Early voting in Georgia will make it more difficult for election officials to discard the ballots of voters who vote early but die before the ballots are tabulated. In Georgia, the process for notification to the Secretary of State by the local registrars of vital statistics of the names of deceased individuals is only required once a month.18 Such reports must be filed by the tenth day of the month and contain the names of individuals who die during the preceding month. The Secretary of State is then obligated to forward that information to the appropriate county so that county election officials can delete such individuals from the registered voter list.19 Therefore, even if the Secretary of State acts immediately, the earliest that county election officials would be notified that an individual is deceased would be at least a week after a general election. At that time, it will be too late to void such ballots. This is currently a problem with absentee ballots, but would be a much larger problem with early voting.
Early voting can hurt the integrity of the election process by limiting independent oversight of election procedures. The ability of candidates and political parties to appoint poll watchers as observers at polling locations maintains the security of our election process and helps prevent the commission of vote fraud by both voters and election officials. It is already difficult for most candidates and parties to find enough volunteers to cover polling locations in the larger counties on election day. Trying to organize such a poll-watching program at additional polling locations for up to three weeks will probably be impossible, making it very difficult for outside observers to monitor the election.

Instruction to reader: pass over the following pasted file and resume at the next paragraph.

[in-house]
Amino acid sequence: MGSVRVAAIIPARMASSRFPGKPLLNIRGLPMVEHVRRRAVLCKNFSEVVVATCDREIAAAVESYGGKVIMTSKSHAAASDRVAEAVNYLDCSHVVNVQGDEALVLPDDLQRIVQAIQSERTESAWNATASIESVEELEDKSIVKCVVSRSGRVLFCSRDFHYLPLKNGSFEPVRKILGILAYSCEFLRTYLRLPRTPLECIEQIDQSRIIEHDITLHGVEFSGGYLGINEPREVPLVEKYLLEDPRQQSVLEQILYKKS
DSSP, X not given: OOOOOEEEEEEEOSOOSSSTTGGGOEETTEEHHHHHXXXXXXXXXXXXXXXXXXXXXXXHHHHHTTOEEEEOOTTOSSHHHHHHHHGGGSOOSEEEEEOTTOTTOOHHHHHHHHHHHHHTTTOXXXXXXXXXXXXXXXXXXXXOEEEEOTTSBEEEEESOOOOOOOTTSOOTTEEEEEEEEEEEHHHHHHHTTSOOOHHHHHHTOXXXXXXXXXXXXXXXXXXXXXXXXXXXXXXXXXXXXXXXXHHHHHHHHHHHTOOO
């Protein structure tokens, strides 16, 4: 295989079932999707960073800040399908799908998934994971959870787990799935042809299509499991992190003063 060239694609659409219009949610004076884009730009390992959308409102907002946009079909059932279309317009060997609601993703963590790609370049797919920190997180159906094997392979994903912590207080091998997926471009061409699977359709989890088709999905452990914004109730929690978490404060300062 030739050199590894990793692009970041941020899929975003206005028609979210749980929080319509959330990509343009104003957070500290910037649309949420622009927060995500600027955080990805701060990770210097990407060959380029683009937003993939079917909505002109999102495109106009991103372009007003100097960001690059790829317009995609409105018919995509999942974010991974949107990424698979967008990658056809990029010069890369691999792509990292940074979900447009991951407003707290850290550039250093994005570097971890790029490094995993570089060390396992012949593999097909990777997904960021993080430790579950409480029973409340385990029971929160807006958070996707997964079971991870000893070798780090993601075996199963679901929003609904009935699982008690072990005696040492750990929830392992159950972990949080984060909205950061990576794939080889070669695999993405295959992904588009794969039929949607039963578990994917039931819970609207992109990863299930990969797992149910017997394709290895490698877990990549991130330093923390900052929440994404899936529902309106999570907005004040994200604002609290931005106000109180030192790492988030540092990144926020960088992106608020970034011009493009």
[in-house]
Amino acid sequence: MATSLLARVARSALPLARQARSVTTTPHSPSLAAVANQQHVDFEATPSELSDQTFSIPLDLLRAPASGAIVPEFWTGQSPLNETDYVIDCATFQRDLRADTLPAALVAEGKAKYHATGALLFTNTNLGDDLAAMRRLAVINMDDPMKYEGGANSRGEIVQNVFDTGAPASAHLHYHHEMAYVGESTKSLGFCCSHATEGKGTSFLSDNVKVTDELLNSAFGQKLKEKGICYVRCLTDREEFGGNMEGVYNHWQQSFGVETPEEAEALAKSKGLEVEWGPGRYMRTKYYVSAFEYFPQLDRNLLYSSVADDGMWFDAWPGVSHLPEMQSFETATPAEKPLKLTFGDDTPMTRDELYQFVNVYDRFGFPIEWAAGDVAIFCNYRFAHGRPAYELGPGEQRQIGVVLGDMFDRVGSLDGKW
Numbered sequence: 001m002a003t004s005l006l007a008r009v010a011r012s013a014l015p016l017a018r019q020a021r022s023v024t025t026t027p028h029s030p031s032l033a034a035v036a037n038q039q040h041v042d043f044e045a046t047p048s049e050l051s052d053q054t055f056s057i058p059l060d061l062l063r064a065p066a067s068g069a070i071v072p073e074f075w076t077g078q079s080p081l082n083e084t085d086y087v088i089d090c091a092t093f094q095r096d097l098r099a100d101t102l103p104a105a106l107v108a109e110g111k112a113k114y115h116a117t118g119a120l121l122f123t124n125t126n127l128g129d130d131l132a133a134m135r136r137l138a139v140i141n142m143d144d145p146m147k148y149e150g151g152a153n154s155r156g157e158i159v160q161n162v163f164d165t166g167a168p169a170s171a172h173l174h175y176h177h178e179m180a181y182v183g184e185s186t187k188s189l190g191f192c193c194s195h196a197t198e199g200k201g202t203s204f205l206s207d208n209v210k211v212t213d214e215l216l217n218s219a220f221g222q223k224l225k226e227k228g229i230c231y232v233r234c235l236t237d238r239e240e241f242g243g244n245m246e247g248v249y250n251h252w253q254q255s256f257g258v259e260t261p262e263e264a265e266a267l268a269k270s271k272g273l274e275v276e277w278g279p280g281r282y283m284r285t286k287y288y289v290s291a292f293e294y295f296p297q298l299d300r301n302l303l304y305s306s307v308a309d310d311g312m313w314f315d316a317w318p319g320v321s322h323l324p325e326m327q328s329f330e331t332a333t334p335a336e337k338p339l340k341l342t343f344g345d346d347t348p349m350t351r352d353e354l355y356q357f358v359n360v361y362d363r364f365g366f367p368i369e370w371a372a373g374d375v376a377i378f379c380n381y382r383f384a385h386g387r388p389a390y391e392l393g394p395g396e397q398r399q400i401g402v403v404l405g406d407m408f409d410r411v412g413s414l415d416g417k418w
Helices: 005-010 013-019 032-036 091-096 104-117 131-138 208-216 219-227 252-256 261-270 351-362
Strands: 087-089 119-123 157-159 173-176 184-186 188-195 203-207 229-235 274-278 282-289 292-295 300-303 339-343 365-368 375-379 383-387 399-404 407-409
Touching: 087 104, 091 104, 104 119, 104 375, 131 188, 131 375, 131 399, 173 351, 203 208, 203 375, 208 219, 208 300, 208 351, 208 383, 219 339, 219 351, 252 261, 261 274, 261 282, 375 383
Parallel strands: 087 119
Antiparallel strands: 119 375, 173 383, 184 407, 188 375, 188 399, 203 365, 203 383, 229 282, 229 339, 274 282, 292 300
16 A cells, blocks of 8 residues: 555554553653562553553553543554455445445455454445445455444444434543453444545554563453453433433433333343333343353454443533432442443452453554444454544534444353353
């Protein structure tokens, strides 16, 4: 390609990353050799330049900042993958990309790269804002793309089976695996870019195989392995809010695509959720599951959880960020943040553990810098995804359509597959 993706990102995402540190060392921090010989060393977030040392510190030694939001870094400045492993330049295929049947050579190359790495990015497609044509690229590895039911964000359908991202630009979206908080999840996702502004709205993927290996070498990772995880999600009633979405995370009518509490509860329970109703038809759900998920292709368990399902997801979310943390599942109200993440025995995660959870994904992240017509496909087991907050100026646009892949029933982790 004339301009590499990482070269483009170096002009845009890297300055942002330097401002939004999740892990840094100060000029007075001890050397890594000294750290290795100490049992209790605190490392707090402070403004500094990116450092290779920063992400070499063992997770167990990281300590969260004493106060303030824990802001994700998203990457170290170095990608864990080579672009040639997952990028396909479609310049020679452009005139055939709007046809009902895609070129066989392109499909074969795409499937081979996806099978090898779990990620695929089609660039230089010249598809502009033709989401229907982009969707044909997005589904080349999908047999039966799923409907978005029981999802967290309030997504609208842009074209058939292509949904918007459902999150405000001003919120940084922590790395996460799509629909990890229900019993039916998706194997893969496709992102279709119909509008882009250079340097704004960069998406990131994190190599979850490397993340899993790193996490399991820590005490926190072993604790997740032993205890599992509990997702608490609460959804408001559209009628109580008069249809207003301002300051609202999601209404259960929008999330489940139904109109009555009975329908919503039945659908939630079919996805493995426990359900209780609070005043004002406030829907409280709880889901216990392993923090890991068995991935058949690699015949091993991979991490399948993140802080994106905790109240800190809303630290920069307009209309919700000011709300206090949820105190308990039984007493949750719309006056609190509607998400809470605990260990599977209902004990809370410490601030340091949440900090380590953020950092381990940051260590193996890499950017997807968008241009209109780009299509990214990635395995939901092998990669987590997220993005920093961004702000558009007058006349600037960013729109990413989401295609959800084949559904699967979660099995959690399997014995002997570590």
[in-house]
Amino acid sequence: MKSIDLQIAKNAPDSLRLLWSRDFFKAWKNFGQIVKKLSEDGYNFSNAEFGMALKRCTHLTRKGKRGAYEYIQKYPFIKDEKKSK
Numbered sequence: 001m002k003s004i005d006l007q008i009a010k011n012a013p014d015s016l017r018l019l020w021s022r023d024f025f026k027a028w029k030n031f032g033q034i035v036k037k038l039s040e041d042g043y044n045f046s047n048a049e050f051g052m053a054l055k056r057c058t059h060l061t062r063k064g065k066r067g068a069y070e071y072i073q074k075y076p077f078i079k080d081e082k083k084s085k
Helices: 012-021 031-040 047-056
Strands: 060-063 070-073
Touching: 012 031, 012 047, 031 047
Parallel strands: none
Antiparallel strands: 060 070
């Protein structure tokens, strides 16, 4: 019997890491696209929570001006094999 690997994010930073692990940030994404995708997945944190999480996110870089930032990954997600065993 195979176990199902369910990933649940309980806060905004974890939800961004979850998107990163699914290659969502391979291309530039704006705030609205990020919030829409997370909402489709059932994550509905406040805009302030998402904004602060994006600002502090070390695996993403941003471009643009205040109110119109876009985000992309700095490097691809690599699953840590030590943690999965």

Finally, there is a possibility that in elections where a candidate for federal office is on the ballot, early voting may violate the U.S. Constitution. Although a number of states have had early voting statutes in place for some time, there is currently a lawsuit pending in Texas to have that state’s early voting statute declared unconstitutional.20 Under the authority of the Constitution, federal law specifies a single federal election day (the Tuesday after the first Monday in November) as the exclusive day throughout the U.S. for balloting for U.S. Representatives, U.S. Senators, and Presidential Electors.21 By allowing up to three weeks for balloting, early voting statutes may unconstitutionally lengthen the one-day nationwide election prescribed by federal law for candidates for federal offices. Louisiana’s October open primary balloting system, which can result in a candidate winning prior to the November election, has already been found unconstitutional as a violation of federal election-day statutes by the U.S. Supreme Court.22Similarly, extending voting over a three-week period rather than holding it on one day as mandated by federal law could be found to be a violation of federal law and the exclusive authority of Congress under the Constitution to promulgate rules for election to federal office. Therefore, even if Georgia were to adopt early voting, it could be declared invalid in the future at least for federal offices. A two-part election, i.e., one for state offices with early voting and another for federal offices with a single election day, would create numerous practical and legal problems and would be very confusing.